Since then, his team: Re-launched the Network as “FOX Deportes”; Expanded the Audience to all U.S. Latinos, who are the New Face of America; Expanded the Brand to the best in all sports, serving all U.S. Latinos; Launched the “Con Garra” viewer call-to-action and Network branding campaign; Quadrupled “Made-for-U.S. Latino” News/Talk to +1,000 annual hours; Launched a more impactful program grid; and Launched a TV-Digital audience engagement bridge. As a result, FOX Deportes is the #1 U.S. Latino Sports Network in all key dayparts.
Cordero came to News Corp from Univision Communications.
Most recently, Cordero served as Vice President & General Manager of the Univision Chicago TV affiliates – a position he assumed in 2005, at the age of 33. His team created what Broadcasting & Cable called “a lifeline for Hispanic viewers.” This service was recognized with numerous awards, including 37 local Emmy nominations and the Chicago Board of Election Public Service Award. On the business side, Revenue and EBITDA grew to historic highs.
Cordero joined Univision in 1999 as an Executive Trainee, and was promoted to Vice President of Business Development and Labour Affairs in 2002.
Cordero has received several recognitions: “Next Generation Leader” (NAMIC, 2011); “Alumni Hall of Fame Inductee” (Hispanic Scholarship Fund, 2011); “Most Influential Minorities in Cable” (CableFAX, 2011); “Next Wave of Leaders” (Broadcasting & Cable, 2009); “Young Hispanic Corporate Achiever” (Hispanic Association on Corporate Responsibility, 2008); “40 Under 40” (Crain’s Chicago Business, 2007).
Cordero earned his Juris Doctorate from the University of Chicago Law School in 1999. He received his B.A. Magna Cum Laude from UCLA in 1996, with a triple major in Philosophy, Political Science and Chicano Studies.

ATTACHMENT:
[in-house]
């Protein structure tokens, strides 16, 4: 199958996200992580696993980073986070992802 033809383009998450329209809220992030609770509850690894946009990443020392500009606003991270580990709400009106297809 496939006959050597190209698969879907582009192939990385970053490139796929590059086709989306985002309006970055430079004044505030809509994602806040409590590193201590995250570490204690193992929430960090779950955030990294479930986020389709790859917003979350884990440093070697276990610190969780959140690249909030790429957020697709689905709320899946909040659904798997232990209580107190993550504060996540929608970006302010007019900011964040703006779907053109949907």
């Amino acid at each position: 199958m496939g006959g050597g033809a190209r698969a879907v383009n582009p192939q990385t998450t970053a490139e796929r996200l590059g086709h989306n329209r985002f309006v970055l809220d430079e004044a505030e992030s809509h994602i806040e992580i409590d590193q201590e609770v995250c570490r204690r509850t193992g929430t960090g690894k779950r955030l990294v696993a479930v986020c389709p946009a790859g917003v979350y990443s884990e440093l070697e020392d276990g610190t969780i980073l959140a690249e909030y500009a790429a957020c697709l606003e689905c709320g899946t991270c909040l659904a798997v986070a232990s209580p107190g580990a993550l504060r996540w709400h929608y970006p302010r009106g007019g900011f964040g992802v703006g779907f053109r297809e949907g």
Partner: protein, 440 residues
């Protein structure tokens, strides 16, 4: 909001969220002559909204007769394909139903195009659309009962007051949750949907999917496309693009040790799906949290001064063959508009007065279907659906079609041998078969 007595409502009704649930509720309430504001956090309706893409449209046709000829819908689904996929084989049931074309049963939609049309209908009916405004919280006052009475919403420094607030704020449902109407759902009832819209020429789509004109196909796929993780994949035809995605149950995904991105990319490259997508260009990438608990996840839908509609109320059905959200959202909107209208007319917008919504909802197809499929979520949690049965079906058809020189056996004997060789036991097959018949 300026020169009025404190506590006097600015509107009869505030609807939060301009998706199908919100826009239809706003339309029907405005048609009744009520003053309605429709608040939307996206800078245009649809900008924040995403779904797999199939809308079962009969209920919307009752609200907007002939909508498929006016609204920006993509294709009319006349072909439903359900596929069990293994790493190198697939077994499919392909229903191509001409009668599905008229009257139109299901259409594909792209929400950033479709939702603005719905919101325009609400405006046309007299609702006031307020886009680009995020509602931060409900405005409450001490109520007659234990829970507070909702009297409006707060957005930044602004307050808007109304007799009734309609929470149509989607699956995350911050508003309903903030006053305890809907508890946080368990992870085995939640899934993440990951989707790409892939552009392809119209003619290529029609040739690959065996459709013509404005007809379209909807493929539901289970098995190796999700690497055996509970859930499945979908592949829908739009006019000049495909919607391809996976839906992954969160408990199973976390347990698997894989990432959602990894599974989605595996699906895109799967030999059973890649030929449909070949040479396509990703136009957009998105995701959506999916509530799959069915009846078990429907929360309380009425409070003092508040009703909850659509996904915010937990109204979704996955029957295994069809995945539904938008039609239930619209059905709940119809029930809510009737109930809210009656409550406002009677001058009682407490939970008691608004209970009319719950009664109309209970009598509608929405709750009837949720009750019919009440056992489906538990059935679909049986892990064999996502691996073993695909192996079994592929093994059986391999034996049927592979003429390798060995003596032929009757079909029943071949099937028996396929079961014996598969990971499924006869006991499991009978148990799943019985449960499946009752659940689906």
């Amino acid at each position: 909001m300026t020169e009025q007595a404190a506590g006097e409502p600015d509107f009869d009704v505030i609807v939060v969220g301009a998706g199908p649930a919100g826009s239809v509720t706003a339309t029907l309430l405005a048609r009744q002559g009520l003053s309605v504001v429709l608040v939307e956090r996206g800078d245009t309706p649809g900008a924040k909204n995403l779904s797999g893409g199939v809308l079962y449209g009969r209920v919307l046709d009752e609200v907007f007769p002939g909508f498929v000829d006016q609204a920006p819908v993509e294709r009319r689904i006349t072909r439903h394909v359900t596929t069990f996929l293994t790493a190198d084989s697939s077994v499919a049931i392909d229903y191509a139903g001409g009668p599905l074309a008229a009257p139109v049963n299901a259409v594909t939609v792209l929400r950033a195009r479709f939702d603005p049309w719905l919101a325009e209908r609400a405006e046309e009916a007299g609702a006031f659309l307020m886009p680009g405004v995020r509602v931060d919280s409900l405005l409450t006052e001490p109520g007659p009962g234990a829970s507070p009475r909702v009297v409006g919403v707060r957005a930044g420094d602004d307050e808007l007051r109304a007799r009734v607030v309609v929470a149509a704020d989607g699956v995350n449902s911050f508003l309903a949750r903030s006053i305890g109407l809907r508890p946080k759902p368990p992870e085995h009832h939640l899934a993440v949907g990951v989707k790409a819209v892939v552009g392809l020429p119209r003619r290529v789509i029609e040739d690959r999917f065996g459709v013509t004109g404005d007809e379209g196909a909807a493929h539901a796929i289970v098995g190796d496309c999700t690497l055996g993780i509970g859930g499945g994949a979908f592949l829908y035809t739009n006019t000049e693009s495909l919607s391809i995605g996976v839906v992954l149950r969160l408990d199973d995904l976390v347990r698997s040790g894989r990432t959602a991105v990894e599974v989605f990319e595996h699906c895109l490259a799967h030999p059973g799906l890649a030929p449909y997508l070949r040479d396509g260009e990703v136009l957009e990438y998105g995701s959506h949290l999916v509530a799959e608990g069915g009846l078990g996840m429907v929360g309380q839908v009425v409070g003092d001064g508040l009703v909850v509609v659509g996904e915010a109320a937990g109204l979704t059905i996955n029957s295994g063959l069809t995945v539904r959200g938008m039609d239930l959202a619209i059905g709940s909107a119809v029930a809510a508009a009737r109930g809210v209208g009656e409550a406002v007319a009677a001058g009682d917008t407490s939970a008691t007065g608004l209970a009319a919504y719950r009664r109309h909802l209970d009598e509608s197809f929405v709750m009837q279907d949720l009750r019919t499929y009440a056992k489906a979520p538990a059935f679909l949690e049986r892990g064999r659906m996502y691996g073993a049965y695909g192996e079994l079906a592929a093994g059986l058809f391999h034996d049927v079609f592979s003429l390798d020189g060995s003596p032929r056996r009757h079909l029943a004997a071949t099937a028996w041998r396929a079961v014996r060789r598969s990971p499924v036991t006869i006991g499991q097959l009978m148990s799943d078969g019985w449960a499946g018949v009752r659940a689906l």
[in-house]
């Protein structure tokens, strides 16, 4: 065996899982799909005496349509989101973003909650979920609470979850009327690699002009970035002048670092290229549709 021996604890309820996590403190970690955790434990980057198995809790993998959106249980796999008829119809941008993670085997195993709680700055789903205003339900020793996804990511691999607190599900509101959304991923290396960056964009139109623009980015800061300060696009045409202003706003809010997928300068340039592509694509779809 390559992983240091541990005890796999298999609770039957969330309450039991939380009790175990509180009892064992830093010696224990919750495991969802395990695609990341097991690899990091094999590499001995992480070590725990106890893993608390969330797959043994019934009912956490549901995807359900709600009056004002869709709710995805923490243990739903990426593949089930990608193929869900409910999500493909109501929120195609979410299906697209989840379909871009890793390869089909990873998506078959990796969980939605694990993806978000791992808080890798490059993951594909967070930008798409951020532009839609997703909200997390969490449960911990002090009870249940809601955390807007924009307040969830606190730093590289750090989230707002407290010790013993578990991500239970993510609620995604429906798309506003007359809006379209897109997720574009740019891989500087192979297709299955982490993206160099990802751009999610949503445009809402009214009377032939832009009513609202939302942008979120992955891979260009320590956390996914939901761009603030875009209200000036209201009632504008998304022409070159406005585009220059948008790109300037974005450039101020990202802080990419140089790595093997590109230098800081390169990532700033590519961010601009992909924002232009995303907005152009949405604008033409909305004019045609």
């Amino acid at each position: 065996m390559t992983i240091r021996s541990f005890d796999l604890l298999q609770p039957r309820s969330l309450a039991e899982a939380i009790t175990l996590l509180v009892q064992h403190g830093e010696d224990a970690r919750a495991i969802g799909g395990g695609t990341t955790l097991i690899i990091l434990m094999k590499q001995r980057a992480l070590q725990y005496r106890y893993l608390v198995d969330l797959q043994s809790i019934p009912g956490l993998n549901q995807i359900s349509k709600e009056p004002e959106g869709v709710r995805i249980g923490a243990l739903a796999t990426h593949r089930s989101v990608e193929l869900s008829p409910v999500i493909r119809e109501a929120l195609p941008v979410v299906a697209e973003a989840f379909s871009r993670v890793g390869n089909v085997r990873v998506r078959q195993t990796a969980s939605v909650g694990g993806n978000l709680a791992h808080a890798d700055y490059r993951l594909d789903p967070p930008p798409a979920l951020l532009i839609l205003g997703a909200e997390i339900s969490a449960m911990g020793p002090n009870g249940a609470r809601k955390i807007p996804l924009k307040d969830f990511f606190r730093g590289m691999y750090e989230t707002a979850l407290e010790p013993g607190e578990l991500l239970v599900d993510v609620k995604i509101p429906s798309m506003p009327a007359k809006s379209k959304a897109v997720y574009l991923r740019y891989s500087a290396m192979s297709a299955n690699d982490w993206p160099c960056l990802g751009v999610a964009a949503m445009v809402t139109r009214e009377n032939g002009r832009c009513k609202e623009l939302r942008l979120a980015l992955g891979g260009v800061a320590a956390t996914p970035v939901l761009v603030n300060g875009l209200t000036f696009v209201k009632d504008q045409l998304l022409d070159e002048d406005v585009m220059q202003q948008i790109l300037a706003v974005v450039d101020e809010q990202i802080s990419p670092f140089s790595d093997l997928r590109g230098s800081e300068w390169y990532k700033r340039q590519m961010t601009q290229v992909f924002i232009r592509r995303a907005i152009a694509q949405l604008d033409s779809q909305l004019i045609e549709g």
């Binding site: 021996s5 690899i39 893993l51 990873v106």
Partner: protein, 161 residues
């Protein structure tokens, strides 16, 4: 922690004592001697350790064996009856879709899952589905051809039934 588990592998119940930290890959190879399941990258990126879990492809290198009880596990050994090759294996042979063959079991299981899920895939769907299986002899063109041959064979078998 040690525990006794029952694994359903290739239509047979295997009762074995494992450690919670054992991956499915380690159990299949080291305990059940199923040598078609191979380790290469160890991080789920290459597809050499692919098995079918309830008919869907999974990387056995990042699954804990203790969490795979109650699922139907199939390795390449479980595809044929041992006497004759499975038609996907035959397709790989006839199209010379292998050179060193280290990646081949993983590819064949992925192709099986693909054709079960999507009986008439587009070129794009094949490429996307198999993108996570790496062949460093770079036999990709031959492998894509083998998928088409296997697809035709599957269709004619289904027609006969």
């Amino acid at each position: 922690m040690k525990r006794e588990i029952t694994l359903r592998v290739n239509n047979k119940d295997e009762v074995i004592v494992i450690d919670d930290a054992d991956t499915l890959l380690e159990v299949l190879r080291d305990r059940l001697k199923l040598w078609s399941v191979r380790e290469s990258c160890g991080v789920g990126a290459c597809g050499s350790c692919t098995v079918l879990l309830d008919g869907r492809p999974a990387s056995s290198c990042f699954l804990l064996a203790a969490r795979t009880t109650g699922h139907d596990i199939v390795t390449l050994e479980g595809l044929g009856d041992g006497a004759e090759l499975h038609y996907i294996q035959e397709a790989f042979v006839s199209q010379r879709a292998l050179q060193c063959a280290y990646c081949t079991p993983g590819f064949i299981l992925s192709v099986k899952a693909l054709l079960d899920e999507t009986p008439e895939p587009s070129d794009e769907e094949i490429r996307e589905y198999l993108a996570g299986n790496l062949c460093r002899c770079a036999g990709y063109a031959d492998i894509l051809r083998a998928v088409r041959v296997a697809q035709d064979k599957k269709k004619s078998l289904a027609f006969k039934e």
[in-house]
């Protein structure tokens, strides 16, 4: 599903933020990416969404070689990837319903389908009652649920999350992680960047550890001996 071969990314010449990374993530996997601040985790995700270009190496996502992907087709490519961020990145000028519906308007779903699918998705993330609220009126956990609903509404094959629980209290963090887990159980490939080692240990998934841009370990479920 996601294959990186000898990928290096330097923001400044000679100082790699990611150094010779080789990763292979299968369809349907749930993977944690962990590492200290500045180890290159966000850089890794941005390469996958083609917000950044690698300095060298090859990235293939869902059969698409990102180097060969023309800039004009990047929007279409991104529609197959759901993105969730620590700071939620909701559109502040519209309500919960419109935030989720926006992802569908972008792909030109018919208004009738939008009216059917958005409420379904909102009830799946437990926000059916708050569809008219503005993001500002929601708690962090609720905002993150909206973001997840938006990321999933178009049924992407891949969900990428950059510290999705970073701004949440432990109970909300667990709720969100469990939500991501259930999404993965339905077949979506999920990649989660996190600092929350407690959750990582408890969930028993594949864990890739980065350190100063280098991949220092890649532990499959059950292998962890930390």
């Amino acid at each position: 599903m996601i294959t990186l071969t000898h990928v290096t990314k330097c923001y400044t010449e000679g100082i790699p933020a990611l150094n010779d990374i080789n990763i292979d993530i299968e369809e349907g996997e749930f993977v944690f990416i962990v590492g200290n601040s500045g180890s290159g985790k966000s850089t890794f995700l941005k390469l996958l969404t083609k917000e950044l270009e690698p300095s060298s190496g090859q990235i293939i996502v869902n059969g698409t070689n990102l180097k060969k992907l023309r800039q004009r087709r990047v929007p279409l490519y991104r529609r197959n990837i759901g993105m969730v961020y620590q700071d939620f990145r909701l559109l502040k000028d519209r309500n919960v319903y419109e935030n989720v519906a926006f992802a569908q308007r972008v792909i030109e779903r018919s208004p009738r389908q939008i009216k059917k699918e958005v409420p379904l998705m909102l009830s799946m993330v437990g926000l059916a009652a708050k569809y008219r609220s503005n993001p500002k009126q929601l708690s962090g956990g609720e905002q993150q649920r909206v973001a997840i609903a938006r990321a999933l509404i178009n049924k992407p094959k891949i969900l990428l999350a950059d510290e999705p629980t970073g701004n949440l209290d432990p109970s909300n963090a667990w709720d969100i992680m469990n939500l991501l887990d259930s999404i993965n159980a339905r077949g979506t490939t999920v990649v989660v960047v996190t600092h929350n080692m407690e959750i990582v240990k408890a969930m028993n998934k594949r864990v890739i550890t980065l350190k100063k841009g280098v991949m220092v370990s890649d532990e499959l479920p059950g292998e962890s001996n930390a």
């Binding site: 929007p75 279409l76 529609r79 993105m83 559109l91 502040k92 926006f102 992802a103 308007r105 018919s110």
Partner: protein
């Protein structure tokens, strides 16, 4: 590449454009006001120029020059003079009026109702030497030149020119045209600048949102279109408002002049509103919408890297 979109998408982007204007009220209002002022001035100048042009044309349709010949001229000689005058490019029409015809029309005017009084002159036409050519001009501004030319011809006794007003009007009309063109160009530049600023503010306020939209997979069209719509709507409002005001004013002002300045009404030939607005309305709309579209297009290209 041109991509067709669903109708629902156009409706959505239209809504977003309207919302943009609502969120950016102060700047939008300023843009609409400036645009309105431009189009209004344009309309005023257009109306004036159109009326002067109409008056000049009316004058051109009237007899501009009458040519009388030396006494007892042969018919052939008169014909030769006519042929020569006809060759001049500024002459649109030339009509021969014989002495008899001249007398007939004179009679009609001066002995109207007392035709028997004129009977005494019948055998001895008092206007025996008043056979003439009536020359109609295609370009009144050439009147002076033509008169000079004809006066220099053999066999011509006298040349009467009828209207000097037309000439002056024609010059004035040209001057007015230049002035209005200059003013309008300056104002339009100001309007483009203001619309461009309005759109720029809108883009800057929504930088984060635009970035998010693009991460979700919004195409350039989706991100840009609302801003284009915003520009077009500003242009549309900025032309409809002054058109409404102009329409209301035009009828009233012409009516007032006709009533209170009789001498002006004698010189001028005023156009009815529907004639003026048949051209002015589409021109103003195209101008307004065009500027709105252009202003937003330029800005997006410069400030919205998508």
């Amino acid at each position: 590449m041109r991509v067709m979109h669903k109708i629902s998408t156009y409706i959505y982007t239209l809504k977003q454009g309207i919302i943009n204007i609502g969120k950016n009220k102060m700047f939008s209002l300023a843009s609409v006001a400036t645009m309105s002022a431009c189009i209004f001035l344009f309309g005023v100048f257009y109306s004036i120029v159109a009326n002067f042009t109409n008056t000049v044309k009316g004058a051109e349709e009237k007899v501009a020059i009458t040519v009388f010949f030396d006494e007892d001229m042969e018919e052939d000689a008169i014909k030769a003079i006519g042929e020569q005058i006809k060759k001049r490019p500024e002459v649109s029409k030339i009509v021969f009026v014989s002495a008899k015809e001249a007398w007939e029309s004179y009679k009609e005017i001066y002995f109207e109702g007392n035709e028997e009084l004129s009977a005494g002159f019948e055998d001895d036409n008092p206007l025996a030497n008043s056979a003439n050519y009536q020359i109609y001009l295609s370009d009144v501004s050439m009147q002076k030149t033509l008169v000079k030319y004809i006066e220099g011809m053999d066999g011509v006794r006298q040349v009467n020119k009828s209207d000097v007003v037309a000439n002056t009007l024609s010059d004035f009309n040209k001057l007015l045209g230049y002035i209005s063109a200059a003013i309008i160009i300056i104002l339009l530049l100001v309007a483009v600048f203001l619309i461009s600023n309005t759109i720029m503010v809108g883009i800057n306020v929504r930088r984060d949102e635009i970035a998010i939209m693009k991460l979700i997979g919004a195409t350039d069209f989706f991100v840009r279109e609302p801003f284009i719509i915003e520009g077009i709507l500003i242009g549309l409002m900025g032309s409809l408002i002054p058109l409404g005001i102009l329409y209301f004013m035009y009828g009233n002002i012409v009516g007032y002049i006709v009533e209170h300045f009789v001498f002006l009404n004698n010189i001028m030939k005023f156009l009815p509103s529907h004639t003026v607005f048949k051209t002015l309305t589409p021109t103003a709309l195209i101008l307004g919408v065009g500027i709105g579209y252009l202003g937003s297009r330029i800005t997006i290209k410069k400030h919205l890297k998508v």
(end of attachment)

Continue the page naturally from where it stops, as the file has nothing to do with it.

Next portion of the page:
Director of Hispanic Initiatives, Urban Strategies
Dr. Gonzalez is the daughter of Immigrant parents. Her father came to this country seeking opportunity and understood the only vehicle for prosperity was an education. He worked in the spinach fields, on the rail road, and domestic work to ensure he could afford a life for him and his wife in the U.S. After experiencing a devastating earthquake that nearly demolished the home their father had worked so hard for they moved to Texas to start over. In Texas, Dr. Gonzalez found herself lost and disconnected in a high school that did not welcome or support a stranger.
When she first enrolled in college she quickly discovered how unprepared she was to succeed academically. This struggle along with rising cost of college ended her academic career at the onset. After a short time working, Dr. Gonzalez decided to return to school. She recognized that a degree garnered respect and dignity and it was her way of thanking her parents for their tremendous sacrifice in leaving a beloved country to afford their children hope.
As a young mother Dr. Gonzalez completed three degrees, a BA, MA and PhD, exemplifying to her own children that with will and desire all is possible. For the last 20 years Dr. Gonzalez has reached thousands of students through speaking and mentoring high school and college students from small local junior colleges to Latino students at Harvard. Alongside she has developed initiatives and models for Latino parents to ensure they understand high school and college preparation and to internalize the opportunities and outcomes of a college education.
Dr. Gonzalez advocates on educating the entire family to ensure college success of one. Her leadership to the National Alliance for Hispanic Families has resulted in many efforts to promote education.
Dr. Gonzalez has set the example of finding the way to achieve an education. She has now learned of opportunities to support students and how students should see education as an investment that will pay off in the future. HSF was a way to assist in purchasing expensive books used in her PhD preparation. In addition, Dr. Gonzalez saved a small portion to assist with her research by copying questionnaires and mailing to participants. She was very grateful and used the funds wisely.
Treasurer of the United States
Rosie Rios serves as the 43rd Treasurer of the United States. She has direct oversight over the U.S. Mint, the Bureau of Engraving and Printing and Fort Knox and is a key liaison with the Federal Reserve. In addition, the Treasurer serves as a senior advisor to the Secretary in the areas of community development and public engagement. She is especially passionate about supporting Women in Finance and issues of Main Street in the economic recovery.
Prior to her confirmation as Treasurer, Rios worked at MacFarlane Partners, where she was Managing Director of Investments. Working with MacFarlane Partners’ development and global capital partners, Rios played a central role in facilitating equity transactions for large mixed-use development projects in major urban areas. In November of 2008, Rios took a leave of absence from MacFarlane Partners to serve on the Treasury/Federal Reserve Transition Team and is a graduate of Harvard University.